The e-ROSA project seeks to build a shared vision of a future sustainable e-infrastructure for research and education in agriculture in order to promote Open Science in this field and as such contribute to addressing related societal challenges. In order to achieve this goal, e-ROSA’s first objective is to bring together the relevant scientific communities and stakeholders and engage them in the process of coelaboration of an ambitious, practical roadmap that provides the basis for the design and implementation of such an e-infrastructure in the years to come.
This website highlights the results of a bibliometric analysis conducted at a global scale in order to identify key scientists and associated research performing organisations (e.g. public research institutes, universities, Research & Development departments of private companies) that work in the field of agricultural data sources and services. If you have any comment or feedback on the bibliometric study, please use the online form.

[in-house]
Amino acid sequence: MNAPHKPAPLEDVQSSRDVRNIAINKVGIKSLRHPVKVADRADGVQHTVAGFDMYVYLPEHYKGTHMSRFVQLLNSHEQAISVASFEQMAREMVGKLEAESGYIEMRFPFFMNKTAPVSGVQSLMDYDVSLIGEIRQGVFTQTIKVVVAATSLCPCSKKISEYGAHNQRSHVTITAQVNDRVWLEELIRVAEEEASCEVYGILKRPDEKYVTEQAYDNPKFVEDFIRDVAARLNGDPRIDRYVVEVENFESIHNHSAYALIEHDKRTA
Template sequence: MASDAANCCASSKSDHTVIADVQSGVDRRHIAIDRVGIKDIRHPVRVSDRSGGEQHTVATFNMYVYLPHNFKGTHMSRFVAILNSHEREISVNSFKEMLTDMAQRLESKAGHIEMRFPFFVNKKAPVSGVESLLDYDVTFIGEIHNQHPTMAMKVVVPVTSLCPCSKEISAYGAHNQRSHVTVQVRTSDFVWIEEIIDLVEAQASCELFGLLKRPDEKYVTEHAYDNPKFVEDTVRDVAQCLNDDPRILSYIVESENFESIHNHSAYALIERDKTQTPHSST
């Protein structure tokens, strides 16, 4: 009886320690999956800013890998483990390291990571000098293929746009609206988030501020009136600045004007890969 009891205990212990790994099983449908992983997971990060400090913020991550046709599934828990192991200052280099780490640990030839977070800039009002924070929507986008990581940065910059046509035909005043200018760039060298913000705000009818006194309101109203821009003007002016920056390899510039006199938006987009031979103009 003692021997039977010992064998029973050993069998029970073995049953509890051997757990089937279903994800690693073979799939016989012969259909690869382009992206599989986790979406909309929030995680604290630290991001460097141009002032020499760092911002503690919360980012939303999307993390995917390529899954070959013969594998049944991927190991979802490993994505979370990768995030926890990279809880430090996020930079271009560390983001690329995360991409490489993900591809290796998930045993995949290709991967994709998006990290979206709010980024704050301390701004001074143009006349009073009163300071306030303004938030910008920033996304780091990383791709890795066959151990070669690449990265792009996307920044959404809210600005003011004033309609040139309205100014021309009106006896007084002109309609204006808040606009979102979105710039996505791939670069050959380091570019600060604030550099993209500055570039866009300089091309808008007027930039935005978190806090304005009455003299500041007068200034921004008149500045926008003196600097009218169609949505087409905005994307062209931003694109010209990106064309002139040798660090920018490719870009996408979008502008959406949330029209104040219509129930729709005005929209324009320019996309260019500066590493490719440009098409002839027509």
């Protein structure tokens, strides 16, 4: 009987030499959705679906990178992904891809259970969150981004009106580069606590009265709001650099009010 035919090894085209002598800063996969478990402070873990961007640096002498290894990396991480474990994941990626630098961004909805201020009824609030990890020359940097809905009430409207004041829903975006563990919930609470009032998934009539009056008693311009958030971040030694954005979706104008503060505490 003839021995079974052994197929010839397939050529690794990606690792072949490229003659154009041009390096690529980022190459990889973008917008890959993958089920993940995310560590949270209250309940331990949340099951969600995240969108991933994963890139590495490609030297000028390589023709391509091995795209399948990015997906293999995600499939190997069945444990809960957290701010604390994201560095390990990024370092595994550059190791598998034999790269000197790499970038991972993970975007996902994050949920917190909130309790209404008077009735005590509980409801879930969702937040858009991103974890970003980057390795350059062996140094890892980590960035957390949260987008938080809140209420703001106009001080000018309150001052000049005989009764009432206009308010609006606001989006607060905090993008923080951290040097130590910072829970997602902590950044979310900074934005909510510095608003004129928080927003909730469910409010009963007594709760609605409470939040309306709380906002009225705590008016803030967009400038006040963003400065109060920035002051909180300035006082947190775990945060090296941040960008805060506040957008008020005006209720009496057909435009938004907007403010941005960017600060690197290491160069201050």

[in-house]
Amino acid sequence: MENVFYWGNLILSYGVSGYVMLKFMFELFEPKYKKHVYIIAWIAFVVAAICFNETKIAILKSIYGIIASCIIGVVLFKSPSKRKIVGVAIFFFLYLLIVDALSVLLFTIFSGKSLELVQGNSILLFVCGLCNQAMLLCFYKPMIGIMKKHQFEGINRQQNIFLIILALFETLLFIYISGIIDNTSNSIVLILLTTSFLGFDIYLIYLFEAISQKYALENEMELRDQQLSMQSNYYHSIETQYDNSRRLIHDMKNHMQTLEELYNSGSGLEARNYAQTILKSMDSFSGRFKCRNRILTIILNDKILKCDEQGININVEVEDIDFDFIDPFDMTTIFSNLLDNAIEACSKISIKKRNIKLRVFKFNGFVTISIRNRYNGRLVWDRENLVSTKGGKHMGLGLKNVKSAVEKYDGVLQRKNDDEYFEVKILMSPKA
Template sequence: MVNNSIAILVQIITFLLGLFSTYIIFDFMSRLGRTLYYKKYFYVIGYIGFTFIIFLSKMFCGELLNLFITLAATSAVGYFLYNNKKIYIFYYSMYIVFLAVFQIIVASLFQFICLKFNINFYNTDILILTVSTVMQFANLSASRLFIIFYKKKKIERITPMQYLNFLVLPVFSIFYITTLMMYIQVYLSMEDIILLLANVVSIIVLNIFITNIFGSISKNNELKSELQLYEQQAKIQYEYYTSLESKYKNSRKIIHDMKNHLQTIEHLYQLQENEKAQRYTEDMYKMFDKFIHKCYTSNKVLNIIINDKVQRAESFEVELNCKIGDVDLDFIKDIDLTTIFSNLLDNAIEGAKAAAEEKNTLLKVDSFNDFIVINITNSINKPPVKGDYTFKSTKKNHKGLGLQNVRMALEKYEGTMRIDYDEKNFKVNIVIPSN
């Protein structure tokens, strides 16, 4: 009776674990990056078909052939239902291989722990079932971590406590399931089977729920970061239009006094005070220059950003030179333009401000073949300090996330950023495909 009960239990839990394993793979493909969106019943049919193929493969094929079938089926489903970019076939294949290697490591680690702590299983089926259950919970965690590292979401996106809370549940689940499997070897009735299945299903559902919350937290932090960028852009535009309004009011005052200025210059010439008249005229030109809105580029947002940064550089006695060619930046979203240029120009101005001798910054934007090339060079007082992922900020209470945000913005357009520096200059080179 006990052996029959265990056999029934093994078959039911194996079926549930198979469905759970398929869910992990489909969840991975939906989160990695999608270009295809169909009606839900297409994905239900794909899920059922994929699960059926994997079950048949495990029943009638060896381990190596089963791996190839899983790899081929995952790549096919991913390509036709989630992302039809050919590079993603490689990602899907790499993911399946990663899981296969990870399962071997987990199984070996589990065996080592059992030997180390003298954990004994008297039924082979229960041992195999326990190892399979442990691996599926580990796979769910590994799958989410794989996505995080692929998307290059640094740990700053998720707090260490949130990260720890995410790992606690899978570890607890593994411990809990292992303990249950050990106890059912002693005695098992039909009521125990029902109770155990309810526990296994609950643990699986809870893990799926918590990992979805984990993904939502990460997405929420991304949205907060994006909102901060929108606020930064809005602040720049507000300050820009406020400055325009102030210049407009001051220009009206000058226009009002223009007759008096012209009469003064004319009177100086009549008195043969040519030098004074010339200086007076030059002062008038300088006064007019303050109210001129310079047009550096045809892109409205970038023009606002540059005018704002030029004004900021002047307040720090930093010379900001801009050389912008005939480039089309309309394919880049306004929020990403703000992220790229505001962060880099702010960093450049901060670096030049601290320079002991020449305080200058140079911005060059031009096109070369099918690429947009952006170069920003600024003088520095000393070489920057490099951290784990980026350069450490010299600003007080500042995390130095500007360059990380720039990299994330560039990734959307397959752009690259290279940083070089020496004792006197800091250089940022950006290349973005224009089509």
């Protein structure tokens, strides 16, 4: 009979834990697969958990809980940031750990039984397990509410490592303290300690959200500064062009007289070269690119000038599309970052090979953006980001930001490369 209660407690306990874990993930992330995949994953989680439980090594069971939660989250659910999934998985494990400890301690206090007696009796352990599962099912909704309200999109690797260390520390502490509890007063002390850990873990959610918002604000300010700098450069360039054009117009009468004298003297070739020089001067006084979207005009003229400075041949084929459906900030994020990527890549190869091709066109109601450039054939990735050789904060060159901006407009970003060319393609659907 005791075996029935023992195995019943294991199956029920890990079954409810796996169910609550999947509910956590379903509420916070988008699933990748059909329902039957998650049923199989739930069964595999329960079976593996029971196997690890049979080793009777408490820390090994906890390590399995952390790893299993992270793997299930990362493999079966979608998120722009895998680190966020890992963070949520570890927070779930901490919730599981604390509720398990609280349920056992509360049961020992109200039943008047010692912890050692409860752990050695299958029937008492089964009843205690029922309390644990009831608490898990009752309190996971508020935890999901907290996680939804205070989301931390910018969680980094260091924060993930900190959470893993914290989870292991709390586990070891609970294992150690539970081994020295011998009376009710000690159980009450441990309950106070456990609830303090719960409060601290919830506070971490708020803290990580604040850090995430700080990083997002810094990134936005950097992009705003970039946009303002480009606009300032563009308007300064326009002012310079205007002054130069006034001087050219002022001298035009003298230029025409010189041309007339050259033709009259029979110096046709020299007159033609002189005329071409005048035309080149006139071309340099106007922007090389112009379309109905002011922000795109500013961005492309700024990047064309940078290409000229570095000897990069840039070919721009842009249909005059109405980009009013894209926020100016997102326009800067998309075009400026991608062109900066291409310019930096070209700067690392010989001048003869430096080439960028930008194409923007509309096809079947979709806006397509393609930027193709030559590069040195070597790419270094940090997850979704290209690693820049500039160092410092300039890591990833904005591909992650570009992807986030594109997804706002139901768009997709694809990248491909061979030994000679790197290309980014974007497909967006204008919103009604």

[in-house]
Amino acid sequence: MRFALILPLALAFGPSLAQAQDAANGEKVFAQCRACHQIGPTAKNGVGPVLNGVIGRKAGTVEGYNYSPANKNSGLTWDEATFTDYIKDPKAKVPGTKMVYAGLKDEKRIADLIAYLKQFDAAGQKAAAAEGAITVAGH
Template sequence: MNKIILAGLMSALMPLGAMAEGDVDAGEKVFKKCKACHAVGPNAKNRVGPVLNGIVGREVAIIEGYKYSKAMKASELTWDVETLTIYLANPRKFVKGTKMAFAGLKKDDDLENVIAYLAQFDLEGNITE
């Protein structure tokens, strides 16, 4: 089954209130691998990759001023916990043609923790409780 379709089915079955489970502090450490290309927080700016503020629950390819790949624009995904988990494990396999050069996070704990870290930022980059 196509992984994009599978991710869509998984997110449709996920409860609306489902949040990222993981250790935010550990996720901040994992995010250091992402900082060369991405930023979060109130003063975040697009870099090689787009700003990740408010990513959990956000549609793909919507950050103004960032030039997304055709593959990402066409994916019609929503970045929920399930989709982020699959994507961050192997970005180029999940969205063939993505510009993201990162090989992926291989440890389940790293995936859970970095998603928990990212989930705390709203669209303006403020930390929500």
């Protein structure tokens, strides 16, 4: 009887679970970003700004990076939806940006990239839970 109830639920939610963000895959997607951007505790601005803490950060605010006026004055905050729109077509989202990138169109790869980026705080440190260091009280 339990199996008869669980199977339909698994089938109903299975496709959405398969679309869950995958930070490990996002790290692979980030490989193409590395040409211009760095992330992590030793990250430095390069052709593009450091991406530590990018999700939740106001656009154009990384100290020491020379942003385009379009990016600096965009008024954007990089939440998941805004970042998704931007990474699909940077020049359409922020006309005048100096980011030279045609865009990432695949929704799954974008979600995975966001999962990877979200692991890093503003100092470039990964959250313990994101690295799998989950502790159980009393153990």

You can access and play with the graphs:
- Evolution of the number of publications between 2005 and 2015
- Map of most publishing countries between 2005 and 2015
- Network of country collaborations
- Network of institutional collaborations (+10 publications)
- Network of keywords relating to data - Link
In this article I consider the cosmopolitical enfolding of Western and indigenous ontologies of order and disorder implicit in the production of a carbon offset' by the West Arnhem Land Fire Abatement (WALFA) project. The resumption in Arnhem Land of broad-scale land management by indigenous fire ecologists and its reframing as carbon farming' is contextualized within an historical analysis of the distinctions made between magical thinking' and rational' notions of agency, causality and cosmic order. I move from the account of Australian totemism in classical anthropology, through cold war climatology, to the theories of rational expectations that support contemporary carbon trading. Examining the entangling of Aboriginal and late-modern pyrotechnical orders, I contrast ubietous (place-oriented) ontologies of land, law and cosmic order with their Western counterparts in sovereignty, land law and finance theory. Arguing that the elder Australians possessed a philosophically coherent political economy grounded in detailed earth sciences and topological networks of economic practices, I reverse the anthropological mirror back upon the economic doctrines of the neoliberal era, which advocate the reimposition of order on the wild climate by means of a comprehensive financialization.
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